The churches have periodically engaged in or led much-publicised clean-up campaigns, but have not been publicly educating their members on the dangers of burning plastic and kaylite.

While carrying out clean-up campaigns, some even burn the waste. Could it be that churches also hold the view that burning waste constitutes cleaning up the environment? After all, when one burns waste, the smoke eventually goes away (but where?). For some Christians, even when they are aware of the poisonous nature of the gases released when plastic or kaylite is burned, they still believe that “their” God or “their” prophet will protect them from the harmful effects.

The church has the potential to spread the word against burning of waste, but has apparently not done so to date; can they put up a sustained fight for the people of Zimbabwe?

I could go on and on, but civil society and opposition parties have generally not made the fight against burning plastics and kaylite part of their on-going programmes and long-term strategy. They have all periodically adopted the simplistic “throw litter in the bin” and “clean-up campaign” approach.

The burning of plastic and kaylite appears not to be a big problem for these players; probably they have more serious issues like fighting bad governance and food security on their hands. Exposure to PCBs, furans, styrene gas and dioxins does not really matter. After all, no one (not even their supporters) has been documented to have died from such pollutants. Will they fight for the people of Zimbabwe? Or else the people will have to fight on their own? Do they have the knowledge, energy, and determination to fight?

Will the people of Zimbabwe fight?

When Harare City Council started burning plastic and kaylite waste, I was at Kambuzuma 5 shopping centre with my brother, where they had just set alight a rubbish heap close to where I operate a small pool table business. When I told my brother that I was going to complain at the council offices about this, he discouraged me, saying “they will think that you are crazy!”

A day after I made the complaint, a discussion on the matter came up between us, and we had a heated debate, which lasted for over an hour. He was of the view that I was “crazy” and over the last few years (after I studied for a Post-Graduate Diploma in Sustainable Development at Stellenbosch University in South Africa), had become “too obsessed” with health matters. Smoke is smoke, burning is burning, he argued strongly, without any supporting evidence. In the rural areas, we used to cook using firewood — was that not burning?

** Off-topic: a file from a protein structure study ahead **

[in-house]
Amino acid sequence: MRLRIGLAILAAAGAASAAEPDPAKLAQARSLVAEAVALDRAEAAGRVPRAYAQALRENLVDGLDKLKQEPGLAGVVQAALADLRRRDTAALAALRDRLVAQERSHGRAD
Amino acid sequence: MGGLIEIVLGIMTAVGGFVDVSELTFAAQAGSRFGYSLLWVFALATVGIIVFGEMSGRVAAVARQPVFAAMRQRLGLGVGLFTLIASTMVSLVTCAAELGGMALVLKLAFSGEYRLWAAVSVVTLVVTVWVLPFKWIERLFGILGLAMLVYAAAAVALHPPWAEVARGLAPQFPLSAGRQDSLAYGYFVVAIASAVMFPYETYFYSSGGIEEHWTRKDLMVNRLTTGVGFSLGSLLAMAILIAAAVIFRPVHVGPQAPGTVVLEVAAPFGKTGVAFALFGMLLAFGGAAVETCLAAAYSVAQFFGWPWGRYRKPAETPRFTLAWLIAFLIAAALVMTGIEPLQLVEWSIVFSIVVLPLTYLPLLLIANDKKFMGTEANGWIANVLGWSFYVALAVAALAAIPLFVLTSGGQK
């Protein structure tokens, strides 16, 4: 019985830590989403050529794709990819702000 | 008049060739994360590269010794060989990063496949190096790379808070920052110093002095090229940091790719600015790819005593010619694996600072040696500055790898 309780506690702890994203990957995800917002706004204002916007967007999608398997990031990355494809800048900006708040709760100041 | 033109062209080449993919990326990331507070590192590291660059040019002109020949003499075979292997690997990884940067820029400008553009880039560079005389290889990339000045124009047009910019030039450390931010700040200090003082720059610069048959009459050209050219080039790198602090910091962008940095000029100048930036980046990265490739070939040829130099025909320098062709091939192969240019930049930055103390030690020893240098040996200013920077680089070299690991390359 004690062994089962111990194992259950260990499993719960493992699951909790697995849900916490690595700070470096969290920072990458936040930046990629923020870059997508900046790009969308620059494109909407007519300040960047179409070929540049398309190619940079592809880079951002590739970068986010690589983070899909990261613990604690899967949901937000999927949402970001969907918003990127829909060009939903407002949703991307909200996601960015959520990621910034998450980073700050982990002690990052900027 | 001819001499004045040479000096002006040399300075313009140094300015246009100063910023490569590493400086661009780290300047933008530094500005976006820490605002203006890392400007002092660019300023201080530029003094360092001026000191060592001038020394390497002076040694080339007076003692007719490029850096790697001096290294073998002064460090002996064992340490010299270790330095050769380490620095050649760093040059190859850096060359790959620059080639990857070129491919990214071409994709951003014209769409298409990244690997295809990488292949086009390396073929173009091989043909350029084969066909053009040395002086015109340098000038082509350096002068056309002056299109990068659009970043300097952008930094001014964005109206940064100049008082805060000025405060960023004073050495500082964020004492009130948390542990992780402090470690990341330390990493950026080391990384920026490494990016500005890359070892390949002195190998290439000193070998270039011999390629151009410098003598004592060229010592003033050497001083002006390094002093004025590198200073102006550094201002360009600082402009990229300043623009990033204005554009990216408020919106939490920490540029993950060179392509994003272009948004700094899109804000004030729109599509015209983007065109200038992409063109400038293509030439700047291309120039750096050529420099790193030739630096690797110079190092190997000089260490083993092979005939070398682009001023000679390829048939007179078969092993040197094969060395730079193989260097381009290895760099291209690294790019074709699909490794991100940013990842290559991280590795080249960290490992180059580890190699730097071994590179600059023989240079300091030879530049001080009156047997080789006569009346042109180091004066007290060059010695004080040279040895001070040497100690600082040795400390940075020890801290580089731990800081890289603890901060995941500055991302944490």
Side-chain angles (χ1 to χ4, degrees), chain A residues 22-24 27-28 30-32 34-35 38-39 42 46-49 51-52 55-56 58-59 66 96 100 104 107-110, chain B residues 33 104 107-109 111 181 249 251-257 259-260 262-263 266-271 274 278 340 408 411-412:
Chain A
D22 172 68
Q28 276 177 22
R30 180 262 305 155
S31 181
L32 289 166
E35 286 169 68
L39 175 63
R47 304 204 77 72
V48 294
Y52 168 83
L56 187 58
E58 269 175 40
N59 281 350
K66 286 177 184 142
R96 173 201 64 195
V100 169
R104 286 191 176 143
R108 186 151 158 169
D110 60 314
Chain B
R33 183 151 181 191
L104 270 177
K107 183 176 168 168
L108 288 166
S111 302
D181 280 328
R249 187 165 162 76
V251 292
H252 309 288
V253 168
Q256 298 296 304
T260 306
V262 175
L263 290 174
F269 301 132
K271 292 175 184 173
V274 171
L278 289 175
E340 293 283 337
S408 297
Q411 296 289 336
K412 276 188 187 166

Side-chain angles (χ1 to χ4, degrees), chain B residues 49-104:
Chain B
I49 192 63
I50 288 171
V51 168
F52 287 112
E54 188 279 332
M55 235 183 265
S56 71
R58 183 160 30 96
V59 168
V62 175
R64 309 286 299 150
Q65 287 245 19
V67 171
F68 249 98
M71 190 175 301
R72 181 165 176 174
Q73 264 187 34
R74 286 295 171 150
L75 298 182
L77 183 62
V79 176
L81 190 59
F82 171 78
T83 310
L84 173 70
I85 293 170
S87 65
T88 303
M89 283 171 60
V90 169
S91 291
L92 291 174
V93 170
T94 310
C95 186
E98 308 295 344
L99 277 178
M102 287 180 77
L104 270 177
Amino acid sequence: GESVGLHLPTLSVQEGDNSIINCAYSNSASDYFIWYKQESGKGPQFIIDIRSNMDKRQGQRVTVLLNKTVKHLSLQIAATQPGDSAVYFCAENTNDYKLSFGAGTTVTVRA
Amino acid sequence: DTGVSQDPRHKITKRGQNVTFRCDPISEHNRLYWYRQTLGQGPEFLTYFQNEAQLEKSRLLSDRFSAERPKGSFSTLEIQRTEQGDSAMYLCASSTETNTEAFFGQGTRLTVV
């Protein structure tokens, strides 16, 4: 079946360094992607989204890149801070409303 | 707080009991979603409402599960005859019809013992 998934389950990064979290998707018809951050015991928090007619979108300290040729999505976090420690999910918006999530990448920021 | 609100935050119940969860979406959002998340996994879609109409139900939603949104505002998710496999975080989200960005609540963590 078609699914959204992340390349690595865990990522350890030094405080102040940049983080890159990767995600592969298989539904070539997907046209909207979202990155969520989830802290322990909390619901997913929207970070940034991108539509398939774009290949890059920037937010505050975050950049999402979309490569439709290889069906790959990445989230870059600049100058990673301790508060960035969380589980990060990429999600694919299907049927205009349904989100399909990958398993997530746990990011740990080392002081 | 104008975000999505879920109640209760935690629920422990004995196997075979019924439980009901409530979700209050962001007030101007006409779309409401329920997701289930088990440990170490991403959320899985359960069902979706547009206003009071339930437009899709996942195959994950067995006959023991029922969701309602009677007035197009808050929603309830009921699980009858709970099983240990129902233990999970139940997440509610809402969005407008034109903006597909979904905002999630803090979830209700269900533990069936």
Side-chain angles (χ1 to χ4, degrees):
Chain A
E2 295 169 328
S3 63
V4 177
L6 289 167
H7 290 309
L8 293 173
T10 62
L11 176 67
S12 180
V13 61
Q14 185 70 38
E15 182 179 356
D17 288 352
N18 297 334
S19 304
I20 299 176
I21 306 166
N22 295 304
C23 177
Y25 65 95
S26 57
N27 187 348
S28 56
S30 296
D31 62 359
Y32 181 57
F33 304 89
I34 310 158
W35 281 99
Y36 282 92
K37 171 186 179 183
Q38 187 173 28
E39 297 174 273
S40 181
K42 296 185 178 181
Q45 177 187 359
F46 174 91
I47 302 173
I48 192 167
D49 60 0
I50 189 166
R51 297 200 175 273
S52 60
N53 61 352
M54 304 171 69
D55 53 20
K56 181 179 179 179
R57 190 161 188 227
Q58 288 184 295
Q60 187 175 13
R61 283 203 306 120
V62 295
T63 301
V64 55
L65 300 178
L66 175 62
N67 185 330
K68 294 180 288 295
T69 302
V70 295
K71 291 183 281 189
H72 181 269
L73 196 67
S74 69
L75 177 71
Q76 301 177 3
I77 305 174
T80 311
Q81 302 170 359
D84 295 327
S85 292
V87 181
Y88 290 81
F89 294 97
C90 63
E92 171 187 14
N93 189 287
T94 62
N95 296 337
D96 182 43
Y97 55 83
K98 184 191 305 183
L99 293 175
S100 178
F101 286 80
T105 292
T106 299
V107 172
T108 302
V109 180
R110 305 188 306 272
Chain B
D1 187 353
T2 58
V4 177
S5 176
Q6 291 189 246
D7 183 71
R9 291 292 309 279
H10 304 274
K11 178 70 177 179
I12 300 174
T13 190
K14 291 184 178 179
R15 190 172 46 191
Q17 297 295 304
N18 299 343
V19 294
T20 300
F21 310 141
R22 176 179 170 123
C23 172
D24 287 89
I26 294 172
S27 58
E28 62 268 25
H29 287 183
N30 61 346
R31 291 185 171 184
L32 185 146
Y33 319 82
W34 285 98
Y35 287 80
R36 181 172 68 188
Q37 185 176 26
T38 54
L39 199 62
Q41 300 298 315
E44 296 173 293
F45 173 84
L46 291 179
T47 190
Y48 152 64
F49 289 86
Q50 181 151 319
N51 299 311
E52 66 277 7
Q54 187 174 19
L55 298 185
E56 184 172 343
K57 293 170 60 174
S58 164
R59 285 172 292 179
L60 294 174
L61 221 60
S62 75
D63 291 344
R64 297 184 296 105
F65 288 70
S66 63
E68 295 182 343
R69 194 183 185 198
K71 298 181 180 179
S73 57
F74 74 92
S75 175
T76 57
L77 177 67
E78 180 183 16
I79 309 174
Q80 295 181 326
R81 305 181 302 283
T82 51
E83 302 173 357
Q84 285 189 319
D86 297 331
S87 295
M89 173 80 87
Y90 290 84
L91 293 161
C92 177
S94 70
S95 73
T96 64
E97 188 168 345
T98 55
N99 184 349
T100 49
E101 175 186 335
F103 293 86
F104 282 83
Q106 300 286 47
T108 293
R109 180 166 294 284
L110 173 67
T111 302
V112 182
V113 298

He also encouraged me to stop fussing about poisonous gases, as God would surely protect us from suffering the effects of exposure to such gases. He was of the view that exposure to harmful levels of pollutants in today’s world is “normal”, as at his workplace, drivers of delivery vehicles left the engines of their vehicles idling in an enclosed environment and everyone, including senior managers and the environmental officer, was exposed to exhaust smoke on a daily basis.

At the Kambuzuma 5 shops, people apparently ignored the smoke, complained casually about it when the wind carried it their way, or remarked how the council had finally cleaned up the environment.

To some people, the environment is what we can see with our eyes, so the plastic litter is a pollutant, but when we burn the plastic litter, this pollutant “disappears” into the big BIN that is called the atmosphere, and the “environment” becomes “clean” again.

Still, other people know how dangerous burning plastic and kaylite is, but they cannot take action for various reasons, which include scrapping for a living (taking action might mean leaving their place of business unattended), informalisation of the economy (they fear council could evict them from their informal business premises if they complain) or a belief that no action will be taken by the responsible authorities.

No wonder I was the “crazy one” fighting a lone battle against council’s tragic waste management strategy.

It looks like the people of Zimbabwe still have to breathe in more of the poisonous gases for the foreseeable future.

Currently, no one is motivated to fight for the people of Zimbabwe —have we come to terms with our fate?

Macdonald Mamina is a sustainability scientist and consultant holding a Post Graduate Diploma in Sustainable Development from Stellenbosch University, South Africa, and a BSc Honours Agriculture, Soil Science from the University of Zimbabwe. He has previously worked on agricultural projects in Zimbabwe, Sierra Leone, and Mozambique. Currently he is in the process of establishing a sustainability consulting firm, which he trusts will incrementally add sustainability to the lives of people and to the returns of projects in Zimbabwe and beyond.

He can be contacted on e-mail macmamina@gmail.com, LinkedIn (linkedin.com/in/macdonald-mamina), and Twitter: @macmamina